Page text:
Domenico Scarlatti

About the form

In the case of Scarlatti's sonatas, of course, one cannot yet speak of the classical sonata form, which was first developed by Haydn and Mozart. However, approaches to the sonata form are often recognizable. There are development-like passages, in some sonatas two musically contrasting themes, here and there clear codas, etc.

In Scarlatti's sonatas, there are several types of form:


1. The two-part forms

This is the basic form of most sonatas, in the sense of A - A '. However, a distinction must be made here between two types of form.


The type with one main motif

This is the most common type of form. A main motif, which often appears as an imitation in the second part, forms the essential musical material of an entire sonata. Often smaller motifs are derived from this main motif, which are then carried out in a sequence.


The type with two opposing main motifs

This type appears mainly at the beginning of the "Spanish" period, when Scarlatti confronted his own musical notions with the fascinating influences to which he was exposed. The contrasts that resulted from this are certainly extremely interesting. In some sonatas of this period, purely tonal parts without any transition are confronted with purely modal parts. As examples I will mention K105 and K107. From this confrontation, Scarlatti developed the idea of ​​symbiosis, which led to intriguing results in later sonatas. Just as intriguing, however, are the examples just mentioned and other similar sonatas. It should now be clear that such an approach was extremely unusual for his own as well as for later times. At a time when Philippe Rameau's definition of tonality was making waves and was welcomed and understood as a new creed by almost every composer, Scarlatti was the one who deeply doubted this new definition. It could be that Scarlatti experienced the transition from modality to tonality as just as revolutionary as the composers of the post-war period saw the departure from tonality. His achievement lay in recognizing the new, but he combined this new with traditional values. The fact that this resulted in results that not a single other of his contemporaries could show should also give today's composers cause for thought.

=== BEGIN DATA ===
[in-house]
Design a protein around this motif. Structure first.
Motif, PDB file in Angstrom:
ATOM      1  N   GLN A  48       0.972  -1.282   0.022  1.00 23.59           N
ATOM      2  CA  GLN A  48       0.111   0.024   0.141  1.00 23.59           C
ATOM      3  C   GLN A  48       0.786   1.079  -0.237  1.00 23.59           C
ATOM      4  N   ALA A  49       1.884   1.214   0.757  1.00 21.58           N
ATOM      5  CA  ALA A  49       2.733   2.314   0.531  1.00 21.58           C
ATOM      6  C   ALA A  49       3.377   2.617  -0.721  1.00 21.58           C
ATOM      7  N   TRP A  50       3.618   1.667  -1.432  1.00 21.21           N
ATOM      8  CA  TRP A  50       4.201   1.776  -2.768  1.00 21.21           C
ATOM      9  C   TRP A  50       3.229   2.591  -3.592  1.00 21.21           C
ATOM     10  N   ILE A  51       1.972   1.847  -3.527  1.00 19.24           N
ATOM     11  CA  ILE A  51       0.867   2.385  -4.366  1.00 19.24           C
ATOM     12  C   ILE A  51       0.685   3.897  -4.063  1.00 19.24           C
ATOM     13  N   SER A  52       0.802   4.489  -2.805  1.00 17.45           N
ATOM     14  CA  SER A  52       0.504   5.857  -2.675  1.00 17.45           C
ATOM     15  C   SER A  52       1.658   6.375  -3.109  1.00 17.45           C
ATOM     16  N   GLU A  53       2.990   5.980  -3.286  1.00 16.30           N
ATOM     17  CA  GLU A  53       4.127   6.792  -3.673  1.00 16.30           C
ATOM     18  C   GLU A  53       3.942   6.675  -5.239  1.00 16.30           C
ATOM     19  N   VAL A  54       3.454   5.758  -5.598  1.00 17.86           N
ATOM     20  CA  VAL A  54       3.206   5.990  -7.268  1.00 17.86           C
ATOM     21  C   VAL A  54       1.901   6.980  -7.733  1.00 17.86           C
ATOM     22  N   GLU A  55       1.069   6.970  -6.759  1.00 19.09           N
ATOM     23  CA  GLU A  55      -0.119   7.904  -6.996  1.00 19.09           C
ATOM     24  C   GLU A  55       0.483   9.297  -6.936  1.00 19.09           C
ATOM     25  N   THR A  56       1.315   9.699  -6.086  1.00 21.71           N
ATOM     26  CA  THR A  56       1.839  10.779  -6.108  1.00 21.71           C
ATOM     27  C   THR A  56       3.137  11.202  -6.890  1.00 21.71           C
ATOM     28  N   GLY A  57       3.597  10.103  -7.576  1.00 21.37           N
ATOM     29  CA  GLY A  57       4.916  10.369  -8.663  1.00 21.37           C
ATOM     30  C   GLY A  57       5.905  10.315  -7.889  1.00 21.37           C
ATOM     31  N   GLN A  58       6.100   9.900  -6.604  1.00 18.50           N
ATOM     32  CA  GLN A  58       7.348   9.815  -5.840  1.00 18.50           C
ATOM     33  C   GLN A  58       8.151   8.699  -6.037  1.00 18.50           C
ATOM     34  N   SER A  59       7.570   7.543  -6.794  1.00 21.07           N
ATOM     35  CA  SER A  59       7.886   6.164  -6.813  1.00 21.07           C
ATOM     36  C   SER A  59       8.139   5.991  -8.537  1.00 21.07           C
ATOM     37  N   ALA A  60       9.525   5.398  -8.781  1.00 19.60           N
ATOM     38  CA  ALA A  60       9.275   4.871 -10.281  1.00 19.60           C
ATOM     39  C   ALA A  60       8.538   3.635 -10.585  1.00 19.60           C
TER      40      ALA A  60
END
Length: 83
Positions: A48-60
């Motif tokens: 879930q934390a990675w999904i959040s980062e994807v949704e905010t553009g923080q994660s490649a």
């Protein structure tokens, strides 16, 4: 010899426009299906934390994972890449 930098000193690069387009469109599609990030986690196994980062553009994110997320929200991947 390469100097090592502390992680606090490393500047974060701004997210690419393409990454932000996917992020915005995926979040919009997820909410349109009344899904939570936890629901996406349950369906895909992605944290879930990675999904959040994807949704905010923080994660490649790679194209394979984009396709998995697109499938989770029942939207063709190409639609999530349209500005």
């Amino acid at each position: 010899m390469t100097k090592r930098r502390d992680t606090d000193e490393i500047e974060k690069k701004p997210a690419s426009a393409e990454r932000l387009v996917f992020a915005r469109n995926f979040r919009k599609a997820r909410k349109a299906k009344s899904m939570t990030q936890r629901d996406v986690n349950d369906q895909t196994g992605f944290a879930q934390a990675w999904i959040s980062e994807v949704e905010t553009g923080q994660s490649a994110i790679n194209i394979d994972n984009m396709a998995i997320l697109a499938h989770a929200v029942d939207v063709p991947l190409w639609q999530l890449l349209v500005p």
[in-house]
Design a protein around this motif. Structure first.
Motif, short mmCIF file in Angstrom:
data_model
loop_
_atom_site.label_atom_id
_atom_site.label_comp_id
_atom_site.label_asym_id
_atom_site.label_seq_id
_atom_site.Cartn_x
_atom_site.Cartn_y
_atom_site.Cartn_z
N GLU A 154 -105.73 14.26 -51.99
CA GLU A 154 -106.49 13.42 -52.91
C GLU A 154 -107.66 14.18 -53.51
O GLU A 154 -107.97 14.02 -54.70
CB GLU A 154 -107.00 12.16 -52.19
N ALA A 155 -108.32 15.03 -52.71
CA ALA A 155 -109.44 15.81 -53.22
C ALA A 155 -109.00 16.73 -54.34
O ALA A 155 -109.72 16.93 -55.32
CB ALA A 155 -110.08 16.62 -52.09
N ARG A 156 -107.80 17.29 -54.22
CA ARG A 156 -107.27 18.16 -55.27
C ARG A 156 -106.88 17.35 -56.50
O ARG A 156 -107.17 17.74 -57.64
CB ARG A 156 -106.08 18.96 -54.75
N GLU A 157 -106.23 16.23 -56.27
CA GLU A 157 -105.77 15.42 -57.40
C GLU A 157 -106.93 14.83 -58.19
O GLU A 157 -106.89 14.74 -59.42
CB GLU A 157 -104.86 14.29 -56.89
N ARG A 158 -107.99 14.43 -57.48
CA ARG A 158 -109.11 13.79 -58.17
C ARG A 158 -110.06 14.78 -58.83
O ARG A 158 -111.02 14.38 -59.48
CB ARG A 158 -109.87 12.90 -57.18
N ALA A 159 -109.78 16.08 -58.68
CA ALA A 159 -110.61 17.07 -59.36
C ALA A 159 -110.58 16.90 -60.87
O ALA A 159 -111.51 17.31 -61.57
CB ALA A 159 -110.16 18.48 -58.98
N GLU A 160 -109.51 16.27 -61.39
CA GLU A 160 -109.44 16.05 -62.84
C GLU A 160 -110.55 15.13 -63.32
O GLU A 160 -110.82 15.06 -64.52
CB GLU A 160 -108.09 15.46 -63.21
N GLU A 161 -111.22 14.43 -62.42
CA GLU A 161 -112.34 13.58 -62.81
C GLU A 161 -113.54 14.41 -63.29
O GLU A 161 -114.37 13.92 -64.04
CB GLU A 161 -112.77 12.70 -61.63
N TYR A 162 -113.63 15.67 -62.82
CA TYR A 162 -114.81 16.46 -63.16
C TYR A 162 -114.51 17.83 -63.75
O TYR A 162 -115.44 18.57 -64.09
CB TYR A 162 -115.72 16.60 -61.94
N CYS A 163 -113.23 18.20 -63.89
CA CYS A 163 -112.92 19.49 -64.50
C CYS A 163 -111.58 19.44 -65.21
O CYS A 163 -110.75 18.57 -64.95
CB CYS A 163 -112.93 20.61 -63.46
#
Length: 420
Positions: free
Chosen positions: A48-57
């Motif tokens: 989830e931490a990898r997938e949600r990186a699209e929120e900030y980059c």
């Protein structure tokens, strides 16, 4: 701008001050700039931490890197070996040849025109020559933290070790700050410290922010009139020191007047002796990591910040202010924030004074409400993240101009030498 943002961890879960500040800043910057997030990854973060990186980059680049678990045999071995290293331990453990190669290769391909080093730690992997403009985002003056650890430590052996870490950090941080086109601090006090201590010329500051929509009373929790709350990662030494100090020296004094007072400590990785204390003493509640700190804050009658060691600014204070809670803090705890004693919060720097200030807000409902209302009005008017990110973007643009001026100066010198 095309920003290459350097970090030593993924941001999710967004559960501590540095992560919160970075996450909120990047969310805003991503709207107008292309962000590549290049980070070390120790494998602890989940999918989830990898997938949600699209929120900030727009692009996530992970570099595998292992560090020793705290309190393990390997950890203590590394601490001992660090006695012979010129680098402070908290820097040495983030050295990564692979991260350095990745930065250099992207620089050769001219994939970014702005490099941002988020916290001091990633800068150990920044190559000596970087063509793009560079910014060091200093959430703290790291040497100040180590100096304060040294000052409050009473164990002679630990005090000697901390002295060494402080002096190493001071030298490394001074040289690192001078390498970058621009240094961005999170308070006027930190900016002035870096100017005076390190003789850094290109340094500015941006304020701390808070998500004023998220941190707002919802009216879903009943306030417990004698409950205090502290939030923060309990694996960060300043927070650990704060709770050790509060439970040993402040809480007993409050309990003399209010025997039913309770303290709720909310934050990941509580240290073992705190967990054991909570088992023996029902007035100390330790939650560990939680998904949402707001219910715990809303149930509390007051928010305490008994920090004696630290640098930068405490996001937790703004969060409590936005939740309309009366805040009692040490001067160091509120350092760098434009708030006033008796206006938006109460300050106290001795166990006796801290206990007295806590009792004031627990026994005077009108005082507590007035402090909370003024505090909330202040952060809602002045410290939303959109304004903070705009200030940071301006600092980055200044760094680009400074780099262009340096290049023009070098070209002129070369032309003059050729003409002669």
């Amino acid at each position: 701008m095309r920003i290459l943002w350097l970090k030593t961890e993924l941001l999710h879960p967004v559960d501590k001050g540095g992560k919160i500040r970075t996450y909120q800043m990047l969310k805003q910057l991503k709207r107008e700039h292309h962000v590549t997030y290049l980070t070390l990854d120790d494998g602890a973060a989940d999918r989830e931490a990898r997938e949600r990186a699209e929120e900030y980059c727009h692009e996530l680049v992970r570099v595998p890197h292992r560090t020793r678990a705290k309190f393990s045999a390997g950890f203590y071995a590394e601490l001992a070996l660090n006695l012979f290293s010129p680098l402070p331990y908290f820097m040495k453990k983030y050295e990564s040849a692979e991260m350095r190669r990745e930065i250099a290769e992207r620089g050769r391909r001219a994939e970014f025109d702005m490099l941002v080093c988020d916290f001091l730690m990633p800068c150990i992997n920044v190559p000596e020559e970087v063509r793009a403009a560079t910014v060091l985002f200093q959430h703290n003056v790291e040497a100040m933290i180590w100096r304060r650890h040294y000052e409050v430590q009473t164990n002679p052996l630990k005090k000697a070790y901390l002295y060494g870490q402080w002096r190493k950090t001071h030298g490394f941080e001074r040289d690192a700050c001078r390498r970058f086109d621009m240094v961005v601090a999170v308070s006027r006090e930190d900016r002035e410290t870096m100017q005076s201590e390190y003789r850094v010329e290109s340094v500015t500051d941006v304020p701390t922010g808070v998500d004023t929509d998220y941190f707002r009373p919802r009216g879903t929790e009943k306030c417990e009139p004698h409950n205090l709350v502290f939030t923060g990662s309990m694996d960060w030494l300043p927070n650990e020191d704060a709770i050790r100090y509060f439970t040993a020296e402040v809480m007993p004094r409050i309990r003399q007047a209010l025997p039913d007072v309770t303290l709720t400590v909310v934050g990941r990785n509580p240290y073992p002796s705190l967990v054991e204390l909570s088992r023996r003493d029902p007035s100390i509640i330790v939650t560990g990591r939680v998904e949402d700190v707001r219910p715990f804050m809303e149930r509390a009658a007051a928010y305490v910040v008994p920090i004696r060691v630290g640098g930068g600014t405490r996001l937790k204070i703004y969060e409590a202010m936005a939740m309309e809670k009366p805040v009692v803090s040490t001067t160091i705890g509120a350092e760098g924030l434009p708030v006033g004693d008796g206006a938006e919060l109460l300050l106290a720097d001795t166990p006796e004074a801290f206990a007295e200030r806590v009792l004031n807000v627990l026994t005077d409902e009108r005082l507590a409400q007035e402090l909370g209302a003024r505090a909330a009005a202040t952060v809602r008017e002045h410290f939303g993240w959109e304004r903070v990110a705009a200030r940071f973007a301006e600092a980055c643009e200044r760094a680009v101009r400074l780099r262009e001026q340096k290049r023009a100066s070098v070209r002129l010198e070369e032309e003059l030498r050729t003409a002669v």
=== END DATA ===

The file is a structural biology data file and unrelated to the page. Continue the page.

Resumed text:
As if to give extra emphasis to this duality, a great many sonatas are later laid out in pairs.


2. The three-part forms

In Scarlatti's wealth of forms, the three-part song form A - B - A is of course not missing. However, this form appears only a few times, namely in K202, K235, K273, or K282. The A-parts of K202 e.g. are fast, brilliant, playful and virtuoso. The contrasting B section, on the other hand, a pastoral and one of the deepest testimonies to the flamenco influence, represents a completely different world. However, this extreme contrast is masterfully combined into a unity. Especially the transition from the B part to the last A part is unique in its simplicity and conciseness. The harmonic turns of the B part are among the most extensive that Scarlatti has ever written. Some of the modulations in this section are so unusual that a parallel with Wagner comes to mind. The visionary faculties, which Scarlatti has in places, celebrates one of its highlights here.

In some sonatas such as K513 anticipates the three-movement structure of the later classical sonata, i.e. the multi-movement. This is about type A - B - C, in this case Andante - Allegro - Presto.


3. The four-part forma

The four-part form A - B - A - B that appears a few times, e.g. in K176 actually belongs to the category of the two-part form with two main motifs. Elements A and B are as opposite as they can be. In the case mentioned, the opposites consist of major-minor and andante-allegro. This A-B block is then repeated in a varied manner. So it is a further variation of the two-part type with two main motifs.


4. One-part Sonatas

Some of Scarlatti's sonatas are in one piece, such as K112. This sonata has no real half-ending. At the point of the half-close, the music simply continues without interruption.

In the chapters on the four creative periods, this matter is discussed in more detail.